Inside the nuclear-attack TV movie that blew away Super Bowl ratings

A screenshot from “Television Event,” a documentary about the making of the blockbuster 1983 nuclear-attack TV movie “The Day After.”

Forty years ago, Americans were so on edge about the possibility of nuclear war that a TV movie about a catastrophic nuclear strike on Middle America drew millions more viewers than the Super Bowl that year.

“The Day After,” a harrowing and graphic account of nuclear annihilation broadcast on ABC in November of 1983, drew an audience of roughly 100 million Americans, making it the most-watched TV movie in U.S. history.

For a look back at the making of this remarkable film, and the profound impact it had on the American people and U.S. political leaders at the time, don’t miss award-winning filmmaker Jeff Daniels’s riveting documentary Television Event.

Television Event is now streaming on Kanopy through universities and public libraries, and is available for educational use through MEF on other digital platforms.

At once darkly funny and deadly serious, Television Event is an invaluable resource for opening up dialogue about the escalating threat of nuclear war today¹ – ideal for courses ranging from American history, political science, and political communication to cultural studies, media studies, and media production.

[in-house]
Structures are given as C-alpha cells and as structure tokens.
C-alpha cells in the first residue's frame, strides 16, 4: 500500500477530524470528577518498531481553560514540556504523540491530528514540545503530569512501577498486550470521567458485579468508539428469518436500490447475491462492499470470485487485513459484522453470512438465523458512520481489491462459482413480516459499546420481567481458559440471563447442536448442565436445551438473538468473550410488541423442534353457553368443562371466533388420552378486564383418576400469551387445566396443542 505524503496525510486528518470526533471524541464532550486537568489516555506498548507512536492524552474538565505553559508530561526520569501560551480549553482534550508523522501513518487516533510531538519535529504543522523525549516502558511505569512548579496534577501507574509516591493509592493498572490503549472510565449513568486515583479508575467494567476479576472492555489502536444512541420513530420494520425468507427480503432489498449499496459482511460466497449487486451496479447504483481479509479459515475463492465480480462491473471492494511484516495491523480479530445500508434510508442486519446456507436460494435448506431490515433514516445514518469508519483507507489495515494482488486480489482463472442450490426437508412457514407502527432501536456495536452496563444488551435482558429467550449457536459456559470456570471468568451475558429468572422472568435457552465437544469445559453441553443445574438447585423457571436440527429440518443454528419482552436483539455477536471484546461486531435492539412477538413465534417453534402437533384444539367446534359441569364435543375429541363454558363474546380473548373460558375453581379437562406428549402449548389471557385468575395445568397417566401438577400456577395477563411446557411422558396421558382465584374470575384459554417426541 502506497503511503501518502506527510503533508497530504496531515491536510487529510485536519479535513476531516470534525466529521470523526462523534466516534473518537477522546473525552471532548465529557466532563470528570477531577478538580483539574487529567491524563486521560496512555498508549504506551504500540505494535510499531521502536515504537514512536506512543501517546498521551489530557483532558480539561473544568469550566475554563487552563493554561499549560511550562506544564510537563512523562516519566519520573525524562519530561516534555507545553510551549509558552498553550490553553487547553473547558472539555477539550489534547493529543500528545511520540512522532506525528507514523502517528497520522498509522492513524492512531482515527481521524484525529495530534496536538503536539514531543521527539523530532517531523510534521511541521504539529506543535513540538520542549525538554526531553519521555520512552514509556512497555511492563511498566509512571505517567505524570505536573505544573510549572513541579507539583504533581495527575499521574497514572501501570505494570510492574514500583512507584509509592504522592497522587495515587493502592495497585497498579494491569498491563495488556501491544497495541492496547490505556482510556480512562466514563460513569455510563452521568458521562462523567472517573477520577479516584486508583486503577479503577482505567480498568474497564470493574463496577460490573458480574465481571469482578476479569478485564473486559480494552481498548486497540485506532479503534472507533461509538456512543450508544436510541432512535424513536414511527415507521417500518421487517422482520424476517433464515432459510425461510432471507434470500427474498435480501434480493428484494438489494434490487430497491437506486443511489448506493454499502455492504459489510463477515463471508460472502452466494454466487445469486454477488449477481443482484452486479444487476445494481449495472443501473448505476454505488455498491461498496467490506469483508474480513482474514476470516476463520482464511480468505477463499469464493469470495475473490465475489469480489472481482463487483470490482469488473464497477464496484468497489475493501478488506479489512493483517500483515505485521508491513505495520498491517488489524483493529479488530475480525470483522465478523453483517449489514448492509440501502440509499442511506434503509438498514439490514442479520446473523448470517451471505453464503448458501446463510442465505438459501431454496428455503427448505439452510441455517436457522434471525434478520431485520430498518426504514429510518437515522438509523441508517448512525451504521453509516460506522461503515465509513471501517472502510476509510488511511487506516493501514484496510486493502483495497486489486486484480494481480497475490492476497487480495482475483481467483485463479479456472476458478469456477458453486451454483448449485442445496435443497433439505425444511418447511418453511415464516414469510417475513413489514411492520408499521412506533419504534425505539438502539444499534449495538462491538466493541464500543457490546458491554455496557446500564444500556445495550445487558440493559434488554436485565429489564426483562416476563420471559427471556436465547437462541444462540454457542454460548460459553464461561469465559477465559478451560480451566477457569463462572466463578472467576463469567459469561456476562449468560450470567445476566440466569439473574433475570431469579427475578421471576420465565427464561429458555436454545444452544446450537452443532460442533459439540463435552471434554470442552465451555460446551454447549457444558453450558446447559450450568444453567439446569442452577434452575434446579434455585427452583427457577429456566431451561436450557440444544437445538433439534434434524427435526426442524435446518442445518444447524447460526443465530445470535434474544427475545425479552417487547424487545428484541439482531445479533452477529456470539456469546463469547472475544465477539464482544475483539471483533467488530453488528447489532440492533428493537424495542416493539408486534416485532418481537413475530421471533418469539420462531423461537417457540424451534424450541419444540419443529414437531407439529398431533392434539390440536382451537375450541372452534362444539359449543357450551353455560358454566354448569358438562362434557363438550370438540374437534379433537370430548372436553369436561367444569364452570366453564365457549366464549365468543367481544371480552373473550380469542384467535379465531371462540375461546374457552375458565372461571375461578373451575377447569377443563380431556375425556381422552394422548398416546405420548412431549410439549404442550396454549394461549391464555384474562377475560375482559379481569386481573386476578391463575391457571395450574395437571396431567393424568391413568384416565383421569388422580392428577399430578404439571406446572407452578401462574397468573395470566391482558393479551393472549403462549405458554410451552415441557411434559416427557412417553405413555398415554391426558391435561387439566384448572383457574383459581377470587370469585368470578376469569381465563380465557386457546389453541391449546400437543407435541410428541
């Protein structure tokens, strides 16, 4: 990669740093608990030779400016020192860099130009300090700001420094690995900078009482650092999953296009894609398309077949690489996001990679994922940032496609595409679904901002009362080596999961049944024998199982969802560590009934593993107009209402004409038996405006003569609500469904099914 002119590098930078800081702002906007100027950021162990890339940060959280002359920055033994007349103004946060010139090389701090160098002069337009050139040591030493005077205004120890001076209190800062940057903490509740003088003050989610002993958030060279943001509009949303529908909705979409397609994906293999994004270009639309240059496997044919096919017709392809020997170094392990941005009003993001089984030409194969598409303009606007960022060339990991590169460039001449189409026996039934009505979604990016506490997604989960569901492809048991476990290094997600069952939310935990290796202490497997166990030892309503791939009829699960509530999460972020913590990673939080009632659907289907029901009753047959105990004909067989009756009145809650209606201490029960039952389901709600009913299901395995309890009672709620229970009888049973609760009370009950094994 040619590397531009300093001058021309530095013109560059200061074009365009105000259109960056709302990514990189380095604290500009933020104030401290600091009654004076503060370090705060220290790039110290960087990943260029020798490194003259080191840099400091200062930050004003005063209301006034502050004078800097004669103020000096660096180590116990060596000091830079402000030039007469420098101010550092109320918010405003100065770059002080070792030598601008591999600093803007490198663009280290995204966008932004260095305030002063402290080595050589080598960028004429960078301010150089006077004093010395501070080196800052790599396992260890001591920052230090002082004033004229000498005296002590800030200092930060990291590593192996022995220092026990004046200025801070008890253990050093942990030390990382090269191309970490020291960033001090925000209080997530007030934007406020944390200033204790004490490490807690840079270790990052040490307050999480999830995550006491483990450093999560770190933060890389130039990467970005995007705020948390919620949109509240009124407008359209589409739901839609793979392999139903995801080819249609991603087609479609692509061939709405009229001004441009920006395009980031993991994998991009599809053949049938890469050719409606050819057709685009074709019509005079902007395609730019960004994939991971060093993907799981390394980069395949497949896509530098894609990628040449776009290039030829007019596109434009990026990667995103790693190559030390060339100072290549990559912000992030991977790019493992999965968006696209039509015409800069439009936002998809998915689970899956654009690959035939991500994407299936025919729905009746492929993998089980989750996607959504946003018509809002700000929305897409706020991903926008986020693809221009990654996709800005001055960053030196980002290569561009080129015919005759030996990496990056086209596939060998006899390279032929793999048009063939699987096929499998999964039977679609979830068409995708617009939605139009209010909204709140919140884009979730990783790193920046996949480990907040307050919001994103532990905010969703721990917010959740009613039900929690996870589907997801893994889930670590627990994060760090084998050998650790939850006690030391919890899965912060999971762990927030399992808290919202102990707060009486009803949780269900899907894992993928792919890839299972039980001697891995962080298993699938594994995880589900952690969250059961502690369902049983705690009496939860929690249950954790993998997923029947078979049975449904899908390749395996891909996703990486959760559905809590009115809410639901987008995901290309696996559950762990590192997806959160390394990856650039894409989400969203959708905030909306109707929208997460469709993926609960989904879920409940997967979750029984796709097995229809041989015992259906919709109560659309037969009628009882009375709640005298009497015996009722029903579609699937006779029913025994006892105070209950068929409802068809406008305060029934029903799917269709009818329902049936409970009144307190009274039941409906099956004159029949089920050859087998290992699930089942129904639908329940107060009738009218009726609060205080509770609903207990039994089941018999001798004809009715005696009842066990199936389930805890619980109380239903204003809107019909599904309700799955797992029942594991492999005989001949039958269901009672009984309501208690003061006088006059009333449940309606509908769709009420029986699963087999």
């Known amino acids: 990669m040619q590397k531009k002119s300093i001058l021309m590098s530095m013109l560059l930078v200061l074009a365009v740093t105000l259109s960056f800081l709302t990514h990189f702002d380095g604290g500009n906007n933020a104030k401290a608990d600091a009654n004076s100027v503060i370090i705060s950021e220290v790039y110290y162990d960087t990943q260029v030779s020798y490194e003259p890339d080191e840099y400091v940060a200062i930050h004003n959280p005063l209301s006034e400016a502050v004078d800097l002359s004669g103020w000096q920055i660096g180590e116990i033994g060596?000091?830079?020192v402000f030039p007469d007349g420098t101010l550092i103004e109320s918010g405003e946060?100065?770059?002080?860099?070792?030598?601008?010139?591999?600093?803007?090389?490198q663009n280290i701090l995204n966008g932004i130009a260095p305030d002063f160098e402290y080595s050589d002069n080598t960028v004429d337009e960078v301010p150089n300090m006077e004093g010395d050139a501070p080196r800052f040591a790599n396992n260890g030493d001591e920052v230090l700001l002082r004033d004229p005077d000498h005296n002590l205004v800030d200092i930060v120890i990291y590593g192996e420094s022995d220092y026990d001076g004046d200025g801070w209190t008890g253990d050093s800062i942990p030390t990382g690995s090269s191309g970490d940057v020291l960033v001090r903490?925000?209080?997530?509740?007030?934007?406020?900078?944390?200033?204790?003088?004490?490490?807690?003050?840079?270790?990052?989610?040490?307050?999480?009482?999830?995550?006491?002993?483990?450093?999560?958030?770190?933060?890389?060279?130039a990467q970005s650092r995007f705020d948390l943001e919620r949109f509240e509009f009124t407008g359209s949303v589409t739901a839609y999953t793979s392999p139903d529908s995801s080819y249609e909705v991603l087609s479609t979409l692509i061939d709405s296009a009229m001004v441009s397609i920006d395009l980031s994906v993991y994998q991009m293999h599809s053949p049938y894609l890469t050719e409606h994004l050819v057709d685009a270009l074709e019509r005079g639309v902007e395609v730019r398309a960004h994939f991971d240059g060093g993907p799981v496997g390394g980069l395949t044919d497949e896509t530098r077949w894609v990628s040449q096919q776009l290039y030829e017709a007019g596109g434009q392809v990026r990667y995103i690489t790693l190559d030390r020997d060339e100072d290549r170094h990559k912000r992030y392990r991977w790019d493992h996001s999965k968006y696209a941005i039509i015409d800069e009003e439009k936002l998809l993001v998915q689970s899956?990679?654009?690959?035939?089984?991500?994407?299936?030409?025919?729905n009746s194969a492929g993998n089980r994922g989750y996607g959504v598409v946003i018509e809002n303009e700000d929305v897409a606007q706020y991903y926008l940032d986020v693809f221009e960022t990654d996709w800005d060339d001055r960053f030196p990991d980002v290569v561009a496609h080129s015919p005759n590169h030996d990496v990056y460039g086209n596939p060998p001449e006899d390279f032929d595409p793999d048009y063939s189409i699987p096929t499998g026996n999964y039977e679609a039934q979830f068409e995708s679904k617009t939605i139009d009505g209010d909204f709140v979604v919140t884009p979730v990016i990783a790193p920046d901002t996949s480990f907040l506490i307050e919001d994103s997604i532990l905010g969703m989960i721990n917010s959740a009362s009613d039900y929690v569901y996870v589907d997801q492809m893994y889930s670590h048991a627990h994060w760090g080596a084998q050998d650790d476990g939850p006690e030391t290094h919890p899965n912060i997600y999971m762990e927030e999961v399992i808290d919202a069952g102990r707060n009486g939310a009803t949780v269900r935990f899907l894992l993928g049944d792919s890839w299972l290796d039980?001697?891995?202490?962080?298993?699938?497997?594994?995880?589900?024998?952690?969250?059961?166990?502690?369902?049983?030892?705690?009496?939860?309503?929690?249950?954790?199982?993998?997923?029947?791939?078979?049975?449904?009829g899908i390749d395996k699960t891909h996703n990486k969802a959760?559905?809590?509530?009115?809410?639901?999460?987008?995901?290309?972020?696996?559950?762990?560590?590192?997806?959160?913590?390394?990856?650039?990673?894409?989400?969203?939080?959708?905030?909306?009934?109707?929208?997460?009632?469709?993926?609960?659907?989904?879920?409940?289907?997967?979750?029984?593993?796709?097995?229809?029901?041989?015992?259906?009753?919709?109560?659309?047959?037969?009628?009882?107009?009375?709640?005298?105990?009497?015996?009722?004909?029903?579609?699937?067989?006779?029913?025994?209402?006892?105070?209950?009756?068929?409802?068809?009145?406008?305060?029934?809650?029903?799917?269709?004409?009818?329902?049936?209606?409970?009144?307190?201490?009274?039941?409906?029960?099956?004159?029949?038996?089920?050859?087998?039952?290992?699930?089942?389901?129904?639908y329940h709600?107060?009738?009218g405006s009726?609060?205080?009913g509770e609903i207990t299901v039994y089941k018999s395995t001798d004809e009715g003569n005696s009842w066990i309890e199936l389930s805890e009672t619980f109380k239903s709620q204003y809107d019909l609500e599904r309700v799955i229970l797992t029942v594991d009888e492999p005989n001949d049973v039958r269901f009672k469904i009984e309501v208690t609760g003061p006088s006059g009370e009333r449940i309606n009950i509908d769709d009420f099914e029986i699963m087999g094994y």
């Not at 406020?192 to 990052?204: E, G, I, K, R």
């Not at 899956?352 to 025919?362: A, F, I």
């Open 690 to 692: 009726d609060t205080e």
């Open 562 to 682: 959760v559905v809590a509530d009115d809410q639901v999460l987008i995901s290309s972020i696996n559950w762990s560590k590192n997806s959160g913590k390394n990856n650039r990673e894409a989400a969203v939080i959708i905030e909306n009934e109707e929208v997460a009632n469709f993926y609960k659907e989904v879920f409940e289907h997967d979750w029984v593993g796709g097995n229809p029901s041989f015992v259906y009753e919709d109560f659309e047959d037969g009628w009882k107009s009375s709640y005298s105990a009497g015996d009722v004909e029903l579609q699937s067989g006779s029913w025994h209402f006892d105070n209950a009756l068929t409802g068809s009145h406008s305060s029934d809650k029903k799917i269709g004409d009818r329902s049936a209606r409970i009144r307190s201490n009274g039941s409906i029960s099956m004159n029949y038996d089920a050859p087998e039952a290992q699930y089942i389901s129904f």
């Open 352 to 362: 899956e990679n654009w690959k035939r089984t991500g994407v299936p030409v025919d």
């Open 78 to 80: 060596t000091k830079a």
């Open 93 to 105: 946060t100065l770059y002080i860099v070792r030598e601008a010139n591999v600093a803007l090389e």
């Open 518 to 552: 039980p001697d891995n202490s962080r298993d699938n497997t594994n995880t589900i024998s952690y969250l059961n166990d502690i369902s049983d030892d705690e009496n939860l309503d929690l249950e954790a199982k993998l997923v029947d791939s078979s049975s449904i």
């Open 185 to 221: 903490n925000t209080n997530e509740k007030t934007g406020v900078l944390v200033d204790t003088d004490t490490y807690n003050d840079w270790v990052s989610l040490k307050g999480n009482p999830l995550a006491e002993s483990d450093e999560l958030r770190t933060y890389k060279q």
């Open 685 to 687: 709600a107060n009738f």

1. “A moment of historic danger: It is still 90 seconds to midnight,” Bulletin of Atomic Scientists, January 23, 2024.





“A blast. Witty, moving, and engaging.”
The Hollywood Reporter

“Absolutely riveting, highly entertaining … oddly funny … a wild ride.”
Deadline Hollywood

“Entertaining … [Full of] vivid inside storytellers”

“As entertaining as it is profound … a gem of an historical document.”
Hammer to Nail

“Smartly structured … a celebration of art.”
The Moveable Fest

“Suburb … highly comedic … its impact truly hits home.”
Pop Matters

“Engrossing and profound … Takeaway – the power of art is real.”
Screen Radar

“9/10. Focused and honest. A riveting study of a landmark film.”